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Davis, California

Monday, October 18, 2021

A conversation with a serial non-profit creator

There is no better clout than generosity

Second-year Chris Ryan is known as “The Non-Profit Guy” around campus and this is a title that he wears with pride. He has created 11 different non-profits since he was a senior in high school. Beaming, Ryan tells me his love of founding non-profits began when his sister’s non-profit earned her admission into an Ivy League school.

“That was like … wow,” Ryan said. “It made me realize the enormous impact giving back to others has for yourself. Sure I volunteer, but creating my first non-profit really signalled to others how charitable I am.”

To prove his point, Ryan proudly pulls out a laminated news clipping about his first non-profit from a local newspaper. In the photo, Ryan stands with a thumbs up among confused middle schoolers.

“This was my non-profit to encourage young kids to code,” Ryan explains with a fond smile.

“Wait,” I interject. “Aren’t you a communication major?” 

 “Yeah, that’s why the kids look so confused,” Ryan says nodding solemnly. “I watched a how-to-code video on YouTube as I was driving over, but it wasn’t very helpful. That’s why my first non-profit didn’t last long. Getting kids into STEM was the really trendy thing, but then mental health advocacy became more popular so I had to switch gears.”

With his experience in non-profits, I had to ask Ryan—what is the best part about creating a non-profit? Is it the smile on the faces of people he has helped? Is it the connections he made with those he met? 

“Definitely the great impact it has had on my resume,” Ryan said. “It is such a boost. Without these non-profits, how else can I convey to potential internships and employers how compassionate and savvy I am?”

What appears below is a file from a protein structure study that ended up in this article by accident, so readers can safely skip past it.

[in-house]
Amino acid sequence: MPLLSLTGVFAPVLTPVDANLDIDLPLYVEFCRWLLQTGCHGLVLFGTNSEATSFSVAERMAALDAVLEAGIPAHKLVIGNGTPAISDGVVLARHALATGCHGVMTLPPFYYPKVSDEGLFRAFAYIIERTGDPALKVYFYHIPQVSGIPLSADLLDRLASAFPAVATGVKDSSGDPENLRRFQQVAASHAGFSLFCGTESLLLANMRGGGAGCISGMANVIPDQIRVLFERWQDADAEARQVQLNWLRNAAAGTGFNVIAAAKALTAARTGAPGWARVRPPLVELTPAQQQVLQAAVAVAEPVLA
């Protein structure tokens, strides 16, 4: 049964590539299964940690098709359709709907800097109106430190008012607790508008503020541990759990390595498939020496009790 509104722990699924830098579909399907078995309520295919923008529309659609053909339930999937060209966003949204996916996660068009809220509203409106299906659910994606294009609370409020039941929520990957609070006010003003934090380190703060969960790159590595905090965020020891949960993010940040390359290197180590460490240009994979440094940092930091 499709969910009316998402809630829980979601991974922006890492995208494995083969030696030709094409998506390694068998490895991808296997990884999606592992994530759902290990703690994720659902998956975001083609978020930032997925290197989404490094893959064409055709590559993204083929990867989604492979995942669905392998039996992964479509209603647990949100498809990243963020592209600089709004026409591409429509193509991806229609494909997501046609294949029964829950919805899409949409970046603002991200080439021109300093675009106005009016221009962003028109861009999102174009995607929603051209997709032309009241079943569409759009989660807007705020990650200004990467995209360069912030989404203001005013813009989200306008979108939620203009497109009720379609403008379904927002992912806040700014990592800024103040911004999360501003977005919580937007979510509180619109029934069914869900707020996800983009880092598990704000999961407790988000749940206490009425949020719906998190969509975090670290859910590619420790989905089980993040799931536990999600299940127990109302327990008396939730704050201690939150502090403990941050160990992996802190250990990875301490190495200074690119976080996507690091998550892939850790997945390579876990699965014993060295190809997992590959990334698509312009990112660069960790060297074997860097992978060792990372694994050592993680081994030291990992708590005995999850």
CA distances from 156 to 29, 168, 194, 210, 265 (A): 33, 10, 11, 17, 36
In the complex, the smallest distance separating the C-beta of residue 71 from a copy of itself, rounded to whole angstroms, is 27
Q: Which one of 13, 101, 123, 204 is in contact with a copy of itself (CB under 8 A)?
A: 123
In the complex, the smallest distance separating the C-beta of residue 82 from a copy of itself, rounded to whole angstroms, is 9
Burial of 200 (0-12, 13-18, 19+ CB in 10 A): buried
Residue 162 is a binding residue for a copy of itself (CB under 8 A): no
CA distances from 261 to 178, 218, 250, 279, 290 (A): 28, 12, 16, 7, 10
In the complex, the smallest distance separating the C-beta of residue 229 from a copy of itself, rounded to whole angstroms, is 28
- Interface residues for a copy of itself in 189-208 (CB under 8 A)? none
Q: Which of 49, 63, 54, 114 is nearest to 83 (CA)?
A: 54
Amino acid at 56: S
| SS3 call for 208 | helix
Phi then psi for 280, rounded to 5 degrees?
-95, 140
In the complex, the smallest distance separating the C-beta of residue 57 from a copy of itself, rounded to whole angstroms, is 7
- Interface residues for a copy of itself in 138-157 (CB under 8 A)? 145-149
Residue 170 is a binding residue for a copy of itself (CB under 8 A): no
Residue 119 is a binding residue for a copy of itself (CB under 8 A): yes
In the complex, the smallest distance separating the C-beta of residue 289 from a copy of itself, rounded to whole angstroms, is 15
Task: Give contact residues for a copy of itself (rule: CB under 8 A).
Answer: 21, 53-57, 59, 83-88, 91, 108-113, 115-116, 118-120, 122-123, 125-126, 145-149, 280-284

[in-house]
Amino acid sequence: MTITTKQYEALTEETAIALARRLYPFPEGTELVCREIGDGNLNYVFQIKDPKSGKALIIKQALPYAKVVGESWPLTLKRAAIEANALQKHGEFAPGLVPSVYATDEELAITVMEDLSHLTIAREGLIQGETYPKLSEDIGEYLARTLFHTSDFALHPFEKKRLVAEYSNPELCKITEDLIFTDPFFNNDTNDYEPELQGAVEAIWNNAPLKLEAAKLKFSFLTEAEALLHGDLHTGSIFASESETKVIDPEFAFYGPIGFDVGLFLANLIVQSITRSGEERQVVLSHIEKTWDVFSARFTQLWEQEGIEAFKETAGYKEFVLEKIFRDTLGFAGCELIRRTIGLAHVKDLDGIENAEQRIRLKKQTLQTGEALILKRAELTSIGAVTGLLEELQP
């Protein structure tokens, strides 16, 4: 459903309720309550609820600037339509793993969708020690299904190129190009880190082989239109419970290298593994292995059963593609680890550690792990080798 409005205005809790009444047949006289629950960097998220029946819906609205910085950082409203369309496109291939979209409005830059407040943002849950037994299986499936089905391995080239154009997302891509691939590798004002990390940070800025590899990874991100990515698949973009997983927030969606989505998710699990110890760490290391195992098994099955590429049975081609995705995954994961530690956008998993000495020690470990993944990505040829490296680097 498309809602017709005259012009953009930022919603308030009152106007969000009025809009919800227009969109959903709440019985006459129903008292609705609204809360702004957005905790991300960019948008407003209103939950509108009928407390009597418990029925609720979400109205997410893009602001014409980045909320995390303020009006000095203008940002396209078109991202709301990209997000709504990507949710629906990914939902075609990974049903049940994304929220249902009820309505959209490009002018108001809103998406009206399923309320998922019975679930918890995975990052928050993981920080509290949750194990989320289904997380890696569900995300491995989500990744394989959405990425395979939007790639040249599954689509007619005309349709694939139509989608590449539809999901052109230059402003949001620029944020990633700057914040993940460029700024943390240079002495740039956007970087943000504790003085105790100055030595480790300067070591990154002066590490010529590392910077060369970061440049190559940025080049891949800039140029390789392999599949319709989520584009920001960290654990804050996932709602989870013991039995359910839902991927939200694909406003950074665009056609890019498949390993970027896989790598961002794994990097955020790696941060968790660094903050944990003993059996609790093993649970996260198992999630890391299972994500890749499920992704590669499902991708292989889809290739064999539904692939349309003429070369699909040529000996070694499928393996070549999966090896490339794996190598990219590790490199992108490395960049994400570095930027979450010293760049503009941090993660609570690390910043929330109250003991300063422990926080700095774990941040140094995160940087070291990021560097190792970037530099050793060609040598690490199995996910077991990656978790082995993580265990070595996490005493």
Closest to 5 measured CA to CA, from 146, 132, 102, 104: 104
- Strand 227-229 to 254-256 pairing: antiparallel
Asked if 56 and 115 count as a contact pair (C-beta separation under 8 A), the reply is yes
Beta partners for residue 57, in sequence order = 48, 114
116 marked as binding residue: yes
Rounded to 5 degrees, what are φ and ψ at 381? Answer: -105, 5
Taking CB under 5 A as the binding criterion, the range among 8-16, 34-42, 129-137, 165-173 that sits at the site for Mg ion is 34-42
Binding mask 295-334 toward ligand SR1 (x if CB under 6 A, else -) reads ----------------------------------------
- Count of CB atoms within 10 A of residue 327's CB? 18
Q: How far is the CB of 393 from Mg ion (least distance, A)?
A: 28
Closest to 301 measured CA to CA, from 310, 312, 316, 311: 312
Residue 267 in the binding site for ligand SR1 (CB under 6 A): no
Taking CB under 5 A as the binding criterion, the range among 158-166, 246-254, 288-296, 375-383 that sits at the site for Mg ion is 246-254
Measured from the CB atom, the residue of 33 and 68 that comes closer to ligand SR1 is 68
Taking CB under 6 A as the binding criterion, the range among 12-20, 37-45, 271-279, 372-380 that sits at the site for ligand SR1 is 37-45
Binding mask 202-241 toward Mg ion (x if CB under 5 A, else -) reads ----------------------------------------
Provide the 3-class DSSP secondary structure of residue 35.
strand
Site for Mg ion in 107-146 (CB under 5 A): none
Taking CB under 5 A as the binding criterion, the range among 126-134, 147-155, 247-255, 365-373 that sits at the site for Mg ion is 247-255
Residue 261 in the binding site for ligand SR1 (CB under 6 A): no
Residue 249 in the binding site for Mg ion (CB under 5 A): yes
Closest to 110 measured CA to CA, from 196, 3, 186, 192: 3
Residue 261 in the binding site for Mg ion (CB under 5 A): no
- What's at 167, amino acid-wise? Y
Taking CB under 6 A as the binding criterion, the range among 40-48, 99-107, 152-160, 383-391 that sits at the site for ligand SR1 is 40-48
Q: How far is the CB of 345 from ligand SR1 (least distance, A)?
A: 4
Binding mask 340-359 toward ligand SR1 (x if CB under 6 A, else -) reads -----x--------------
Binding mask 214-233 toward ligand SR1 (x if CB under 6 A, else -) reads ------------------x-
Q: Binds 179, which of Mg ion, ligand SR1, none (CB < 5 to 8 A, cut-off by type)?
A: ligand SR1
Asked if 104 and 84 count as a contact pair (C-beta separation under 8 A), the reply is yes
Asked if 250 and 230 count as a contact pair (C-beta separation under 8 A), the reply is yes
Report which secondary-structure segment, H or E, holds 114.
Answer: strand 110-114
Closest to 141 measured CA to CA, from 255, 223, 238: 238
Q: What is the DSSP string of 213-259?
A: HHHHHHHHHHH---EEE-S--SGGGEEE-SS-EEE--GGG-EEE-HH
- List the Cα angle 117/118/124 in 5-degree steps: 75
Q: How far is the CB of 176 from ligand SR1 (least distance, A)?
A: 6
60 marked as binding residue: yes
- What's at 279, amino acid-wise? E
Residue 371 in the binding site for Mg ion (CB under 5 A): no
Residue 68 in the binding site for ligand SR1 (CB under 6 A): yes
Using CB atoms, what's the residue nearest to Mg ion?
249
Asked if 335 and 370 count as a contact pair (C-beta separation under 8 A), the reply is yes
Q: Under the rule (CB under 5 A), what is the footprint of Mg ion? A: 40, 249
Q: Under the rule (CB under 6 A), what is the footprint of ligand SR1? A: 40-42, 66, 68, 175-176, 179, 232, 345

Next, I ask Ryan about his newest venture, a non-profit dedicated towards raising money for the Black Lives Matter movement.

“Yeah the movement could not have reignited at a better time,” Ryan said. “I was stuck after my last non-profit became oversaturated. Like, suddenly everyone cares about this after so much time? Like yes, all lives should matter, but Black Lives should have mattered the whole time––you only care now because it gets you clout.”

So far, Ryan’s new non-profit is dedicated to reposting important infographics and resources on their Instagram. He pays his younger brother to find and repost information daily.

“We are generating such great momentum,” Ryan remarks.

“Have you raised any money for the movement yet?” I ask.

“Thank you for your question. It is so important to ask questions in these unprecedented times. But really, how can you measure generosity? You can’t,” Ryan said. “For now, the monetary impact of our organization is top secret. And we will take no further questions on that.”

Written By: Renee Wang –– reswang@ucdavis.edu 

(This article is humor and/or satire, and its content is purely fictional. The story and the names of “sources” are fictionalized.)


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